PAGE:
Friday, October 8, 2010

Maslow and Marketing

This blog was generated in response to a blog by Alison Macleod ( in which she noted that a UK based organisation was using Maslow's Hierarchy of Needs to divide the UK population based on their values (I assume as drawn from Maslow's work).

I partially concur with the views expressed by Alison regarding simplistic use of Maslow's work. However I do not agree with the following comments:

 "there’s really no evidence for his hierarchy.  Yes, it’s a useful sketch of motivation, and a very pretty pyramid, but there is no evidence that you can account for real people’s behaviour by invoking any part of it apart from the part about people requiring food and water."

If one were to view the pyramid in isolation as most do, then it may appear simplistic. It is very easy to dismiss images like this as "pretty pyramids" but in reality there is a deep basis for this work. If one is to take a position on this particular image, then there is a lot of reading to do. Maslow arrived at this representation of a portion of his work following long and deep research and the collection of large amounts of data.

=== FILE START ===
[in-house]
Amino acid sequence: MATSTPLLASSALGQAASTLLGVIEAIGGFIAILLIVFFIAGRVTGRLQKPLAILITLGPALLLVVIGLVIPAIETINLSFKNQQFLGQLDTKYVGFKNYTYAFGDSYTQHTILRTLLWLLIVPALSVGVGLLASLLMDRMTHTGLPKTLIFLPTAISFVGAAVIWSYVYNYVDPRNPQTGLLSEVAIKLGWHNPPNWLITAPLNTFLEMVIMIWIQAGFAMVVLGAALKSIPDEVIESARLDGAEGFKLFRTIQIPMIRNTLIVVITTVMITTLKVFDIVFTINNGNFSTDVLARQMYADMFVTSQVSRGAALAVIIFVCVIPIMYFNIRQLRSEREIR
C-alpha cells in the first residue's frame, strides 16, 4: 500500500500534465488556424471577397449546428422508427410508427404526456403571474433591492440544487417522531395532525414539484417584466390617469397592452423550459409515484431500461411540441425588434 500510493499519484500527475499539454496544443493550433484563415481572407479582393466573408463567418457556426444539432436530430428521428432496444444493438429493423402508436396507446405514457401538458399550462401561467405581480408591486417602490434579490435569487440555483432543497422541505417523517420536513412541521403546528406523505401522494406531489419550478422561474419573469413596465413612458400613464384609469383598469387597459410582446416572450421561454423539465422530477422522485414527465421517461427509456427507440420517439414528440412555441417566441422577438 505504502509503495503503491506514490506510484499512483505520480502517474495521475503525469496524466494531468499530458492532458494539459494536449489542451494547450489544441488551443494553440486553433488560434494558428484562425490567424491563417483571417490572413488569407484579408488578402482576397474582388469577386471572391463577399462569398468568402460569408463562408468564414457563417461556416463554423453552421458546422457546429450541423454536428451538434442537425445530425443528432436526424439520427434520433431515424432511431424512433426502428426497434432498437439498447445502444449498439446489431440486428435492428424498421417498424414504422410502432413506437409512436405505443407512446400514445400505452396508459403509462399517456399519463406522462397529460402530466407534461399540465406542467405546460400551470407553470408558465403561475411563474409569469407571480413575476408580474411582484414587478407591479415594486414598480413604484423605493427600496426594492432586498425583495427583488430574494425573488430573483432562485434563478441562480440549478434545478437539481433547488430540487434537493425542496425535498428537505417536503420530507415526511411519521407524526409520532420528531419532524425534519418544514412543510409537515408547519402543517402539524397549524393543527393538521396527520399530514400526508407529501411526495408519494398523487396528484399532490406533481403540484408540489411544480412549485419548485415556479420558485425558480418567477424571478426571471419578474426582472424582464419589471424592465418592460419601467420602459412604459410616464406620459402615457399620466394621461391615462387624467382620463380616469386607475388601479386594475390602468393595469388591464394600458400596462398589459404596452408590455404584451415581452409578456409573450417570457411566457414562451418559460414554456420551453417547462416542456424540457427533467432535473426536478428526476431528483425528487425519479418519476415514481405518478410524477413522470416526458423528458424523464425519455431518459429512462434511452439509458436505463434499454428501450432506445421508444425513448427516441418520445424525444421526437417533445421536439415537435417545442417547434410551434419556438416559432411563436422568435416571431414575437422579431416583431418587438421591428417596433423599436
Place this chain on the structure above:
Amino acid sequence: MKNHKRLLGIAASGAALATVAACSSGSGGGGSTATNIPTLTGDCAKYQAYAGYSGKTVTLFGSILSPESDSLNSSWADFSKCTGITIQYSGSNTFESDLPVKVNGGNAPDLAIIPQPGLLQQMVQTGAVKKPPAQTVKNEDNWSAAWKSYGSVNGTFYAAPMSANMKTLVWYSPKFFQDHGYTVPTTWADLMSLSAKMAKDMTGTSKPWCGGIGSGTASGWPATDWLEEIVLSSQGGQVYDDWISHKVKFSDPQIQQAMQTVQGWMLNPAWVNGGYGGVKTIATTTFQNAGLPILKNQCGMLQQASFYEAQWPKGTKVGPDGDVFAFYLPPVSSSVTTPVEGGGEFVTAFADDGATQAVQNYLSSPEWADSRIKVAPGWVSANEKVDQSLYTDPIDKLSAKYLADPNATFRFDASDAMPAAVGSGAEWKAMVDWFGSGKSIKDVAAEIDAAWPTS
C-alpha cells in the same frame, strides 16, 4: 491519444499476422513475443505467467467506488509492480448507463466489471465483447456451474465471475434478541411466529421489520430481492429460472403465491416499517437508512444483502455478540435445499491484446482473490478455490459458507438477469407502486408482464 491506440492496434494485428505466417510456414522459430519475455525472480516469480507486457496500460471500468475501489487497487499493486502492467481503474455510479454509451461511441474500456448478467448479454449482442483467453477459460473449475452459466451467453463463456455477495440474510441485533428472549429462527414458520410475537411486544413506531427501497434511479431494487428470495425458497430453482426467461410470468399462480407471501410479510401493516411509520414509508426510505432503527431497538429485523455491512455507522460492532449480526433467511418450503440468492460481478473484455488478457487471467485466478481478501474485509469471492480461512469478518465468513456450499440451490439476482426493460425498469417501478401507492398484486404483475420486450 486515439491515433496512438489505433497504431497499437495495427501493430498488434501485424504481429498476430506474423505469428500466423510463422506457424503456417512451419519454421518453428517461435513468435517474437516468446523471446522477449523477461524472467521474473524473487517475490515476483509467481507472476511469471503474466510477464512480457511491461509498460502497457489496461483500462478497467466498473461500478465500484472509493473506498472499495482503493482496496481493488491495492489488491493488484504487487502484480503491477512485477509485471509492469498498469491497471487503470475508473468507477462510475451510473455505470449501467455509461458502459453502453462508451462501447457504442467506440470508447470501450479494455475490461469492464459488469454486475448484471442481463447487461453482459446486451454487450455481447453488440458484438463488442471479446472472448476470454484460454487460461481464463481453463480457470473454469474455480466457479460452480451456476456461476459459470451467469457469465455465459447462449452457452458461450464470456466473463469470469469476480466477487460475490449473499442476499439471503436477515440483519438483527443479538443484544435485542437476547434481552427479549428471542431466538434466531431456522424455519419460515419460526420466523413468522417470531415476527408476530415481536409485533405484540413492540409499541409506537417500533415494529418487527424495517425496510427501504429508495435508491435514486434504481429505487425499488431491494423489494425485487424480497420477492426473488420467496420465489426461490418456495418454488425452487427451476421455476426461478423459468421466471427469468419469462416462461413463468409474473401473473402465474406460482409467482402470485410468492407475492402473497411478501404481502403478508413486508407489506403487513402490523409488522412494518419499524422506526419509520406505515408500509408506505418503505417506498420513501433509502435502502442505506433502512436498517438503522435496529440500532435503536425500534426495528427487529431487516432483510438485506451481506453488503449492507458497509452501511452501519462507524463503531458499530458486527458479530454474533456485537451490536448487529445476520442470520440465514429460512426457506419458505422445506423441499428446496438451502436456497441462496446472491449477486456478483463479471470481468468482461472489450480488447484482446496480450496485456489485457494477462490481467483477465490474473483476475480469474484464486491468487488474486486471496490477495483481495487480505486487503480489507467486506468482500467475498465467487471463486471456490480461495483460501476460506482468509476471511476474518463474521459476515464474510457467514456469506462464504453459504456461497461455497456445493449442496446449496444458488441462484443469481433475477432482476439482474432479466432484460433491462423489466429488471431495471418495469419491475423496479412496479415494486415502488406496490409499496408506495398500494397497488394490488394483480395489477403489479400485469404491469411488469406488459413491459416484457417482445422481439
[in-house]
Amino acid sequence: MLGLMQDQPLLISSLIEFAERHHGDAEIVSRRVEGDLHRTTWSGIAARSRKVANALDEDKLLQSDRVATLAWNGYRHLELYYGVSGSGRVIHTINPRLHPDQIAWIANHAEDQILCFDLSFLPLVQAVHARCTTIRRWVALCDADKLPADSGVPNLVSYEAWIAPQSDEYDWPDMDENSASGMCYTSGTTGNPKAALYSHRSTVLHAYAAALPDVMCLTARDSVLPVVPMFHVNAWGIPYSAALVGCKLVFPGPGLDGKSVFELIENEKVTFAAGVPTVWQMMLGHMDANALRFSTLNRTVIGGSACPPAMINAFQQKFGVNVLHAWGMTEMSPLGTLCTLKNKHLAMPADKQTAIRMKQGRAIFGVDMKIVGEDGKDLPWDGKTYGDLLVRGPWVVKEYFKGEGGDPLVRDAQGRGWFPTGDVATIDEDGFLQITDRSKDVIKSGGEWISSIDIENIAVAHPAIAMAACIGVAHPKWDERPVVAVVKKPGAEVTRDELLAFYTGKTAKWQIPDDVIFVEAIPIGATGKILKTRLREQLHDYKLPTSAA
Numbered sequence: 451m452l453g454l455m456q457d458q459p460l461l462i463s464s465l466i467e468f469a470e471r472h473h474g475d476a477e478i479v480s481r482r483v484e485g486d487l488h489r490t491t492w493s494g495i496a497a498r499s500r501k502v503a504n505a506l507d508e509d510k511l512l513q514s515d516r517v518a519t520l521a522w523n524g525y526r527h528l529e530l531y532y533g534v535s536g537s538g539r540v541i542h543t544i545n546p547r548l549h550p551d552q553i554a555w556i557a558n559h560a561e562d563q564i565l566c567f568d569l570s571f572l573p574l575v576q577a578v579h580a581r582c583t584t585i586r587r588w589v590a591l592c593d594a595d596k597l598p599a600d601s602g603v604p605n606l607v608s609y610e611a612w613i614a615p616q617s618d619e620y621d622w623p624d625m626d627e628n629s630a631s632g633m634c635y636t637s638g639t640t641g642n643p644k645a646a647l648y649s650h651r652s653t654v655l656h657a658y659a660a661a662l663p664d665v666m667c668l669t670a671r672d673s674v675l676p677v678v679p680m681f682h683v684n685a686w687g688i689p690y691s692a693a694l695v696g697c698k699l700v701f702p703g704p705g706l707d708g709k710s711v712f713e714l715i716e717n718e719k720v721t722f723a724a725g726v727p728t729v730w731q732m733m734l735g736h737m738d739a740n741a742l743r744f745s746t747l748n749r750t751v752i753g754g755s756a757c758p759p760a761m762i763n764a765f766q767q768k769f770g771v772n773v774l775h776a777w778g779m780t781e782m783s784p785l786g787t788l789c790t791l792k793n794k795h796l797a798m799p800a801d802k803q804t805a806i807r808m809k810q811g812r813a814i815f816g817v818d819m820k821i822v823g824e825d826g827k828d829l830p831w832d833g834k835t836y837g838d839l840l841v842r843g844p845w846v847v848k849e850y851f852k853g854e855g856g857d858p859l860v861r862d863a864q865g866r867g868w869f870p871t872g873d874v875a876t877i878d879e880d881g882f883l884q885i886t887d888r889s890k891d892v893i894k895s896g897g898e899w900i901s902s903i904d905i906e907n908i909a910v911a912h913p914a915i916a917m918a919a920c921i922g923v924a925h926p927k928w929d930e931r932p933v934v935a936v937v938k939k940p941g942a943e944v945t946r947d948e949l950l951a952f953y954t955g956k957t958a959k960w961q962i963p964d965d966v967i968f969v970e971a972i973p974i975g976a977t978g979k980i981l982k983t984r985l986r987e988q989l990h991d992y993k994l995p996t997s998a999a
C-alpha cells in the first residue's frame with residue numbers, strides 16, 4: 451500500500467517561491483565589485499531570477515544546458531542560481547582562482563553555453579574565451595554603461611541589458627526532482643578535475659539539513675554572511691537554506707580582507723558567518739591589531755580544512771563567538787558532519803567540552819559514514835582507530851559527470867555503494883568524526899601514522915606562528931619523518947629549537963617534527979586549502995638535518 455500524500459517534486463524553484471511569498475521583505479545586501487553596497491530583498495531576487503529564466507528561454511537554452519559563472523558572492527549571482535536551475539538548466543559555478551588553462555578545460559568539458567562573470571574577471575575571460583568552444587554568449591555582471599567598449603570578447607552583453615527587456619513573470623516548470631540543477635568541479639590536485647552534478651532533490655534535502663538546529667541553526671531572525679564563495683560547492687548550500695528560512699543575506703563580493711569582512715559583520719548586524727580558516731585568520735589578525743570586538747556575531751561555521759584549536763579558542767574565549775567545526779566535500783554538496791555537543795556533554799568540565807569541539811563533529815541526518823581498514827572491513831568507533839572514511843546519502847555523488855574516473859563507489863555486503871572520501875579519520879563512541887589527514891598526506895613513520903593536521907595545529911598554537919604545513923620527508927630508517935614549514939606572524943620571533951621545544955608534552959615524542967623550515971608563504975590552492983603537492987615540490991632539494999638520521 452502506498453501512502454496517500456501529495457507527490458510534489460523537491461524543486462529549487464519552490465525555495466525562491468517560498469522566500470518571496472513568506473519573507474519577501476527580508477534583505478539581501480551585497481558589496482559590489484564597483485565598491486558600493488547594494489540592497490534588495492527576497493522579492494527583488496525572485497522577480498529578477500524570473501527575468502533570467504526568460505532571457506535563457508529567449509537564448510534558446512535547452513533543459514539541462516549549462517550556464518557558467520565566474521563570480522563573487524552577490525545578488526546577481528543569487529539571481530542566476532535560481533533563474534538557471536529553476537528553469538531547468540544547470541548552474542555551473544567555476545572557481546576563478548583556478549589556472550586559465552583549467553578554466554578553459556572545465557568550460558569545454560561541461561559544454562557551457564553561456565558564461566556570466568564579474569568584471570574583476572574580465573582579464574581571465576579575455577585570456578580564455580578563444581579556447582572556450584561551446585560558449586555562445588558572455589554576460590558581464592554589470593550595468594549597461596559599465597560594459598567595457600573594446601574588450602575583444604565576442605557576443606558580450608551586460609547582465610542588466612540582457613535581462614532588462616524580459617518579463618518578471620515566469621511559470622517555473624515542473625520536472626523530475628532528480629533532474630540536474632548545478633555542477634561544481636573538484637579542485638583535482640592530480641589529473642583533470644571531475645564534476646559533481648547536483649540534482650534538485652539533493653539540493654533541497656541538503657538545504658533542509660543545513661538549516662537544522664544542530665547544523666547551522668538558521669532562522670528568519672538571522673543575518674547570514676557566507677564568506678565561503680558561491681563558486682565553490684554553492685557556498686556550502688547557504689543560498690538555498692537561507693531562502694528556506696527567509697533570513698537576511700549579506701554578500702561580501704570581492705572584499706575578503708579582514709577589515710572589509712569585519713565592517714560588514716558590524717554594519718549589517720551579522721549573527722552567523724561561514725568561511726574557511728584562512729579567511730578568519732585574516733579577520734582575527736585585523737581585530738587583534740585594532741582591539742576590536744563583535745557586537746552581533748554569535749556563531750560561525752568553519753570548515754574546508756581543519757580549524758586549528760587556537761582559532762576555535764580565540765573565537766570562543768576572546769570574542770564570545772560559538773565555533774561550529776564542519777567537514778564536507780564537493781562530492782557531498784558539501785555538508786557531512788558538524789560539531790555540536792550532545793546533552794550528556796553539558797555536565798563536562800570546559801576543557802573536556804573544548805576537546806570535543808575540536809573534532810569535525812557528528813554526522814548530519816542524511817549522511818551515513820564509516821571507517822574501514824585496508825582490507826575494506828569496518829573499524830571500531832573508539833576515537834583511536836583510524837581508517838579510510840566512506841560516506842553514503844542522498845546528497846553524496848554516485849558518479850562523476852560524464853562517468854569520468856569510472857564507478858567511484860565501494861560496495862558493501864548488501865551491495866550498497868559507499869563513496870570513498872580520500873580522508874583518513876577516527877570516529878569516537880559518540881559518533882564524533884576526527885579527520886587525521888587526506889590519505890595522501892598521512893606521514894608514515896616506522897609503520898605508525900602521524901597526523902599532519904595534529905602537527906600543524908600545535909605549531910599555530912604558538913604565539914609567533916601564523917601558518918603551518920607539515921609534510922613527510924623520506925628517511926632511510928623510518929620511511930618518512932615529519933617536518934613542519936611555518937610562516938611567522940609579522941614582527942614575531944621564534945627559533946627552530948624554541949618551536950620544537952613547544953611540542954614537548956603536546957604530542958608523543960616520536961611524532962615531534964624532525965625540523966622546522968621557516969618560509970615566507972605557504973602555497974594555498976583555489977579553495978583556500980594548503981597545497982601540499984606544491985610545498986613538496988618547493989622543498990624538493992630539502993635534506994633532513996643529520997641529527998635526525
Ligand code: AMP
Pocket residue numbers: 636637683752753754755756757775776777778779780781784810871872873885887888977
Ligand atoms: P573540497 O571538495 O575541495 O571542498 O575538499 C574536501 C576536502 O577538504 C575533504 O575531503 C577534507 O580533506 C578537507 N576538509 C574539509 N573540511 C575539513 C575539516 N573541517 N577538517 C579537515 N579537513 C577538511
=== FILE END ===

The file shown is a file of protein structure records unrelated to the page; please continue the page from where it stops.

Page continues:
If we are to to understand the image then we need to read the surrounding body of work. And then follow the reference sources. Such a journey will lead the individual to read Jung and Frankl (he notes the triumph of the human spirit even through the miseries of his own experience of Dachau)  and Freud, then through a journey of human thinking which will incorporate the thoughts of the Buddha and Christ  and many other thinkers. One would journey through the legend of the grail and many other great legends which conveyed human aspiration.

The work of Maslow tried to capture the essence of the human aspiration for something higher. The pyramid was a small part of that work. Marketers and motivators who use the pyramid to support things like dividing humans up into value driven sets are using the tool in a way for which it was never intended to be used.

But then that would assume that marketers and motivators actually have the motivation to read more than what is on wikipedia.

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